Health Insights Today
By Daniel Redwood, DC
Among the important changes in the recently passed health reform law is Section 2706, which makes it illegal for insurance companies to discriminate against providers acting within the scope of their state licenses. Predictably, medical physicians who have benefited from many decades of discrimination now seek to turn back the clock and reinstate the pro-discrimination policies that have served them so well for so long.
Meeting in Chicago in mid-June (as reported in the “Contain and Eliminate” post below) , the House of Delegates of the American Medical Association (AMA) passed a resolution sponsored by the American Academy of Ophthalmology and the American Society of Anesthesiologists. This new AMA policy directs the organization to use its considerable firepower to overturn the provider nondiscrimination clause, citing its “troubling language” that upsets the “dynamic balance” under which insurers were free to discriminate against a long list of non-MD providers, including optometrists, chiropractors, podiatrists, nurse anesthetists, nurse midwives, psychologists, clinical social workers, acupuncturists, and other groups of licensed health practitioners.
If you have been wondering whether the nondiscrimination language in the health reform law packs real power, wonder no more. Just look at the seriousness with which the AMA is approaching it.
Toward a Level Playing Field
While the AMA and its specialty groups frame their pro-discrimination campaign in terms of protecting public health, saving taxpayer and patient dollars, helping the public avoid “massive confusion,” and supporting the highest possible standards of health care quality, the underlying motivation is transparently self-serving. Why, for example, are the ophthalmologists and anesthesiologists leading the charge? As noted by John Weeks on The Integrator Blog, ophthalmologists fear that a level playing field will weaken their competitive position vis-à-vis optometrists, while anesthesiologists have similar concerns about nurse anesthetists.
Let’s pause for a fact-check.
The Patient Protection and Affordable Care Act of 2010 in no way expands the scope of practice for optometrists, nurse anesthetists, chiropractors, or any other non-MD profession. Optometrists will not be performing eye surgeries; nurse anesthetists will not suddenly be permitted to determine the dosage of prescription medications. Chiropractors and acupuncturists will not be prescribing pain medications or performing back, neck or brain surgeries. Nor will clinical social workers be prescribing antidepressants.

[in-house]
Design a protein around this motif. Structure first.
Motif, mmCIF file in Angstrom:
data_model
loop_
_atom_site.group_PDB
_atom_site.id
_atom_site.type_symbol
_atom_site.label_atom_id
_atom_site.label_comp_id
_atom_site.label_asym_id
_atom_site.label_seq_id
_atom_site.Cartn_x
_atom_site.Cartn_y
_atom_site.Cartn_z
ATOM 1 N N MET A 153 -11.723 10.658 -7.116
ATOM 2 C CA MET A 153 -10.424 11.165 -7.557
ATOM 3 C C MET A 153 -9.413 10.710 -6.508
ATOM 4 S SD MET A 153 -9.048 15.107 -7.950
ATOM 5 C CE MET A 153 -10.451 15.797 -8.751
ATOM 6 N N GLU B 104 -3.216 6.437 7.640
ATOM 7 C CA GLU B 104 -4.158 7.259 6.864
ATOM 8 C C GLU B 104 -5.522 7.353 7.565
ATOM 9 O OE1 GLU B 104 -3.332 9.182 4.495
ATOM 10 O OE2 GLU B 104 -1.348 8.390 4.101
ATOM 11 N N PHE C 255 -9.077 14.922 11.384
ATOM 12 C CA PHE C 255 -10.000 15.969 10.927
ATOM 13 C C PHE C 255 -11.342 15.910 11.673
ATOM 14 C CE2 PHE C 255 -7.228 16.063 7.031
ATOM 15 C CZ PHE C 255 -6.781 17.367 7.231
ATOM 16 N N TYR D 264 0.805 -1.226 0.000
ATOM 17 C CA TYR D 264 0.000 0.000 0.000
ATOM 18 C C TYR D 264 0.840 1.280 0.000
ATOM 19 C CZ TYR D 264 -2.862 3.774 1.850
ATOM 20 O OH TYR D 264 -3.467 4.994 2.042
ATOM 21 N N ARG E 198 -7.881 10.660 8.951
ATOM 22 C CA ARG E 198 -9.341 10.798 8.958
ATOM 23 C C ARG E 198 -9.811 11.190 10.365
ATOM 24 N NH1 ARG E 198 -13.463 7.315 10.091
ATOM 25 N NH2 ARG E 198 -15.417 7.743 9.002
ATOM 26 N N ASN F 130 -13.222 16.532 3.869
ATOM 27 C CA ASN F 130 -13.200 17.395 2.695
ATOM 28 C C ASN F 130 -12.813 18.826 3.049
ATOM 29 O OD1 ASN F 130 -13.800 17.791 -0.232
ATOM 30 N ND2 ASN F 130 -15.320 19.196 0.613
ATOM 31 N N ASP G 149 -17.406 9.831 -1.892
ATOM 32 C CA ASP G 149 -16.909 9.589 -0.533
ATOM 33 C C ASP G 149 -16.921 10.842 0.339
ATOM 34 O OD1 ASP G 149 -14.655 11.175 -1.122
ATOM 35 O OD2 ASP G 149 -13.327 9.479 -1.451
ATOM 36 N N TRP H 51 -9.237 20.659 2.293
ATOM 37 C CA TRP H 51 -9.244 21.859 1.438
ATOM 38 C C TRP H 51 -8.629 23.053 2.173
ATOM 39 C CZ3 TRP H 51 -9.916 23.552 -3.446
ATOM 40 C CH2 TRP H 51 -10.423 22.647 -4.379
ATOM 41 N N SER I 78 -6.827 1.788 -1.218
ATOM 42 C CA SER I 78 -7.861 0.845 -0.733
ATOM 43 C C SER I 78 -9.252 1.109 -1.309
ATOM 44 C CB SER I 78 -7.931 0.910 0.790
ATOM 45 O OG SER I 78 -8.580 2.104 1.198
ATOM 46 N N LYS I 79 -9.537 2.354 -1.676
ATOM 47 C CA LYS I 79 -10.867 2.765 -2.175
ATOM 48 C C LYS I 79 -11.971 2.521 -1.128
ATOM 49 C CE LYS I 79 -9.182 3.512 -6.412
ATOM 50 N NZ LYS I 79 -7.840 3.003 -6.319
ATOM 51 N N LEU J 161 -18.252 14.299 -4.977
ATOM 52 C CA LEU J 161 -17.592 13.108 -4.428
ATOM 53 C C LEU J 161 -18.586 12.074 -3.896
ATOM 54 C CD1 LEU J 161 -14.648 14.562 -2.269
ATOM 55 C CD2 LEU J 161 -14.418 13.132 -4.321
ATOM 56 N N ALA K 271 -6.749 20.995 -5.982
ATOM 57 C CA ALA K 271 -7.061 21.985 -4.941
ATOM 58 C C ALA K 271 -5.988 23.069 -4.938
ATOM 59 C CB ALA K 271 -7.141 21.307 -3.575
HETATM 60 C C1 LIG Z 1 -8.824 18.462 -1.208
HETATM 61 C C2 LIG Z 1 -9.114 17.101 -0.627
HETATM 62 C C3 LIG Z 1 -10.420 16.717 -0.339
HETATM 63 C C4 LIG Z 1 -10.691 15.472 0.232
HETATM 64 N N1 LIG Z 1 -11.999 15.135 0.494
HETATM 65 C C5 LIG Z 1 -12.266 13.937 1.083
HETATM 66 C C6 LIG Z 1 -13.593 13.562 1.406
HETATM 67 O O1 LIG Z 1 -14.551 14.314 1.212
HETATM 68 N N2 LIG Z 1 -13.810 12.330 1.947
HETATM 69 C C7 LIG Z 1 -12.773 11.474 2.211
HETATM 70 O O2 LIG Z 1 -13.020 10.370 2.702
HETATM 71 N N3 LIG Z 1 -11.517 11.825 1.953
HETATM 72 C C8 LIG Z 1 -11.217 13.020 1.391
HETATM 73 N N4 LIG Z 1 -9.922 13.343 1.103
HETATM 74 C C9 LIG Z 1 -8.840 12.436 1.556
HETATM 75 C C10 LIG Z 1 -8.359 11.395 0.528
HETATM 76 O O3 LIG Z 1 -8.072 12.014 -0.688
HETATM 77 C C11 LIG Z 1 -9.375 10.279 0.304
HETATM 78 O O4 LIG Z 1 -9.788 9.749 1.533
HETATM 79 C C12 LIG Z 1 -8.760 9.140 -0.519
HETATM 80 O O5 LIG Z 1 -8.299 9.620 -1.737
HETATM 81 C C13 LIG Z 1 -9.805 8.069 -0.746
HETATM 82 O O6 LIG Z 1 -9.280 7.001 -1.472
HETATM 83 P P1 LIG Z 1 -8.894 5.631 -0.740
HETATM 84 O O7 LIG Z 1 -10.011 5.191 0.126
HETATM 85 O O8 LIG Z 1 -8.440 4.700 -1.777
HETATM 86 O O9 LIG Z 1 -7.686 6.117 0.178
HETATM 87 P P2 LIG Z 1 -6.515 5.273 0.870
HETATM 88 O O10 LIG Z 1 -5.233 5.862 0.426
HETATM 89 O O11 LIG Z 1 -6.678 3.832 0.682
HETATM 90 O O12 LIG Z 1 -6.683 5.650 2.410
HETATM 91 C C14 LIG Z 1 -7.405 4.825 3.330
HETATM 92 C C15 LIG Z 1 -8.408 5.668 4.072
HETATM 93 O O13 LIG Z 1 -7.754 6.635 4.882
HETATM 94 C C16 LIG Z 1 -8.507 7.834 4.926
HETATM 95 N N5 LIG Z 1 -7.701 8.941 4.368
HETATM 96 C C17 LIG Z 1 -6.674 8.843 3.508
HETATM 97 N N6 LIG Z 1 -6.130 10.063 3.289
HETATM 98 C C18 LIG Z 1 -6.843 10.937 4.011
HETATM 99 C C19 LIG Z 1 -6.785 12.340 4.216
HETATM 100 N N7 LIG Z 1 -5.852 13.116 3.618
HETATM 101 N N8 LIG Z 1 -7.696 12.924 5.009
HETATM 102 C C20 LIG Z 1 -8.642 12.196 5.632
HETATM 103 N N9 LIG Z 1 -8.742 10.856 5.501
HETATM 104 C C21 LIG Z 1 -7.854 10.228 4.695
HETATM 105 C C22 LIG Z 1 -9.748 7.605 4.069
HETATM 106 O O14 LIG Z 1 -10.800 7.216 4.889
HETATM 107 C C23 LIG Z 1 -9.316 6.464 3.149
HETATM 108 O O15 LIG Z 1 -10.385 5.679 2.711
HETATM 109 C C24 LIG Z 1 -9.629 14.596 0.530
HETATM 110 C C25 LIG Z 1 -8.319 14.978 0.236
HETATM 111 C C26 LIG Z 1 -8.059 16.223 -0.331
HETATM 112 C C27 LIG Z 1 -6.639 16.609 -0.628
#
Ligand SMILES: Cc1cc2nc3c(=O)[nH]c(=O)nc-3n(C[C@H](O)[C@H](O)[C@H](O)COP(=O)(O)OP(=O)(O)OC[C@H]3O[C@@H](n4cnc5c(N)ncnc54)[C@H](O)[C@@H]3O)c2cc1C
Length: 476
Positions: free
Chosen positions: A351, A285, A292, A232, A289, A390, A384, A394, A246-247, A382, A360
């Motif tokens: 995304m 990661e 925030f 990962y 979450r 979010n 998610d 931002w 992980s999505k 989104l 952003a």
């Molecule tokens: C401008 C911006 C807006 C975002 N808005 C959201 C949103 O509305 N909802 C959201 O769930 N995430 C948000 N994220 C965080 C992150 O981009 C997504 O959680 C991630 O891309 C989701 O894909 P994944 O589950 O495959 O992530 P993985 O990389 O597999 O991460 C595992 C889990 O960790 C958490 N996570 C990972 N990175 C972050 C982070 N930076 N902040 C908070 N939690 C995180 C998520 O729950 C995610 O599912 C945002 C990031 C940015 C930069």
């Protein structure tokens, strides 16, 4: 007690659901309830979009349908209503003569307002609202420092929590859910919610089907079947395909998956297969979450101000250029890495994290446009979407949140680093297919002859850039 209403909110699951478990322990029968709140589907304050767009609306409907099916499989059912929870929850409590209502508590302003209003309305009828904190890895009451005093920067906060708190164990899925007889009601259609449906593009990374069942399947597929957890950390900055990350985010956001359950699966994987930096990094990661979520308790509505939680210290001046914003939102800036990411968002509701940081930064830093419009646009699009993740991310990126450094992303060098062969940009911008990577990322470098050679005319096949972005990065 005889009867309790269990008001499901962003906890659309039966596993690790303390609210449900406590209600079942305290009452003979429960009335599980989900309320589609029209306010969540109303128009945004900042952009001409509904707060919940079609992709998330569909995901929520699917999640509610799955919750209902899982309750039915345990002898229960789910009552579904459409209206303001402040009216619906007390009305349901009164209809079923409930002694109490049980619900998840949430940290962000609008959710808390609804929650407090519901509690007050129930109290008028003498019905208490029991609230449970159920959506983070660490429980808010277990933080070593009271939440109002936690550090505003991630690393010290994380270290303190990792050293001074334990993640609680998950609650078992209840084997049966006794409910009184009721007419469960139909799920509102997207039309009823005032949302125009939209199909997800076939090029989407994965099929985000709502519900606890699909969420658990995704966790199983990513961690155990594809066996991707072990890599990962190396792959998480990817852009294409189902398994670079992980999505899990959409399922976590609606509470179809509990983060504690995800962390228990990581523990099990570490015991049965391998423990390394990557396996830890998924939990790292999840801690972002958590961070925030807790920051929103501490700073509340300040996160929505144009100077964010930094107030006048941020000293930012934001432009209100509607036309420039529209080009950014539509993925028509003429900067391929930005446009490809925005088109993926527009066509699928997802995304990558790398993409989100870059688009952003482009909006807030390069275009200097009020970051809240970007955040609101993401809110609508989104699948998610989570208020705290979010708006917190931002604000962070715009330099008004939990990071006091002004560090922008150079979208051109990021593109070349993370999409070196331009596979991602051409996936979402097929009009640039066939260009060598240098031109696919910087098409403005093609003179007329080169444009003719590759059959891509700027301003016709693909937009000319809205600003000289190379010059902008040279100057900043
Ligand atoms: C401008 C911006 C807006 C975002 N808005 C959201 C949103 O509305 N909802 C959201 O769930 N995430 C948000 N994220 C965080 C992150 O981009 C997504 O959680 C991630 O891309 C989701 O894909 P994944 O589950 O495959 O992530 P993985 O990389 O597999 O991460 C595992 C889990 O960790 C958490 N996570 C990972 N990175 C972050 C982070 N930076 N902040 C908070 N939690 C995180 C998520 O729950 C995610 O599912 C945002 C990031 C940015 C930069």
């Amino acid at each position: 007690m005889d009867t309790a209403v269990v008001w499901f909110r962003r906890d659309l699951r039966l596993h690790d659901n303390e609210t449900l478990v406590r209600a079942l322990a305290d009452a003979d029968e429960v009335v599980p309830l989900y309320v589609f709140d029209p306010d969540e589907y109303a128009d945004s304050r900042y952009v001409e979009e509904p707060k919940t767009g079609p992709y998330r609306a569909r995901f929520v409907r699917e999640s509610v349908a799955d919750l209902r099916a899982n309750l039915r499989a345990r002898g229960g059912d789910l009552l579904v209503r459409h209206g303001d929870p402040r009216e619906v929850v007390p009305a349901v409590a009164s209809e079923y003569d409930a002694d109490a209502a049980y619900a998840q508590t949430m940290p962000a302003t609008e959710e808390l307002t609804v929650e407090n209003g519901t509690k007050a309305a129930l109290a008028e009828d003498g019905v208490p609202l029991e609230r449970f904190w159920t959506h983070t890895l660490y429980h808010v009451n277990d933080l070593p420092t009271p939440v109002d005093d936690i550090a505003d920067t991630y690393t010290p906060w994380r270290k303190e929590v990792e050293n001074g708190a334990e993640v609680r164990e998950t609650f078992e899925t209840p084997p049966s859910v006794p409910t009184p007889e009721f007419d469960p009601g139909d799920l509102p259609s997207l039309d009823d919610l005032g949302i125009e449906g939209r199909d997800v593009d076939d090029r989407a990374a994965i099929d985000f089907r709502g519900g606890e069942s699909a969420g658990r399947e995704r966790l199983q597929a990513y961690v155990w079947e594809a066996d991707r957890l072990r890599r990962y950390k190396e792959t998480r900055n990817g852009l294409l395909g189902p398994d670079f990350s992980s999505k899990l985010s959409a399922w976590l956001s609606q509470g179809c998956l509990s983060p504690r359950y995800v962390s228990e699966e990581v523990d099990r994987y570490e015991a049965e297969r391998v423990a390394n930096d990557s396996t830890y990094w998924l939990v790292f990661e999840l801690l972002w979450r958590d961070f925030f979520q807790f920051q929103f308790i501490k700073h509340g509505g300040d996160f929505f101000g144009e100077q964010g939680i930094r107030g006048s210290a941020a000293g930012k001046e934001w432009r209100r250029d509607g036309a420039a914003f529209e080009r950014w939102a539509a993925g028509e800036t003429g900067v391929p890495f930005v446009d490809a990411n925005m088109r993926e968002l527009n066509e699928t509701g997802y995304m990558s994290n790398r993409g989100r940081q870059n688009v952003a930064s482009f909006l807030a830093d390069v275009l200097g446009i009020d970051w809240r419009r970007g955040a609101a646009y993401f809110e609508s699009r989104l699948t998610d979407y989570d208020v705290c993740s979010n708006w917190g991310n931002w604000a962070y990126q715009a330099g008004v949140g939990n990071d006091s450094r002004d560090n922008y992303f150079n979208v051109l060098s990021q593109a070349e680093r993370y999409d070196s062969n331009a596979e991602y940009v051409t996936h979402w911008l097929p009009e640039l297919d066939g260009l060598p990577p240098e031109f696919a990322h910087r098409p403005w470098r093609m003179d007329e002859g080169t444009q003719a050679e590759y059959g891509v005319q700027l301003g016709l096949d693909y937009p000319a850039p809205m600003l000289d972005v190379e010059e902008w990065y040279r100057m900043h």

But for those diagnostic and therapeutic procedures permitted these practitioners by state licensure laws, insurers will no longer be allowed to discriminate in favor of medical doctors simply because they are medical doctors. For example, the law specifically allows insurers to reimburse practitioners at higher rates when higher quality and performance have been demonstrated.
Check our Cost-Effectiveness of Chiropractic Page for more information about why this passage makes medicine nervous.
If this law is properly enforced, simply having the letters “M.D.” after one’s name will no longer qualify as a demonstration of high quality care.
This is the heart of the matter. This is the level playing field that the medical profession (along with pharmaceutical and device manufacturers) urgently wishes to avoid.
Comparative effectiveness research, along with rigorous evaluation of quality healthcare delivery, can make a major long-term difference. Both are significantly expanded by the health reform law. Chiropractors should welcome, not fear, fairly applied evaluations of quality and effectiveness.
An Opening for Chiropractic
Chiropractors have historically been among the groups discriminated against by private insurance companies and federal health plans. In the past (and in some cases, the present), this has often taken the form of spinal manipulation being covered only when performed by a medical or osteopathic physician.
More frequently in recent years, annual caps have been applied to chiropractic care but not to the same services when delivered by practitioners such as medical doctors and physical therapists. Today, perhaps the most insidious form of discrimination is tiered reimbursement, in which spinal manipulation delivered by chiropractors is reimbursed at rates significantly lower than the same service performed by other practitioners, who in many cases are far less qualified to deliver it.
This also applies in varying degrees to other services provided by chiropractors. Such unjust discrimination must end, and the nondiscrimination policy that is now the law of the land has the potential to end it.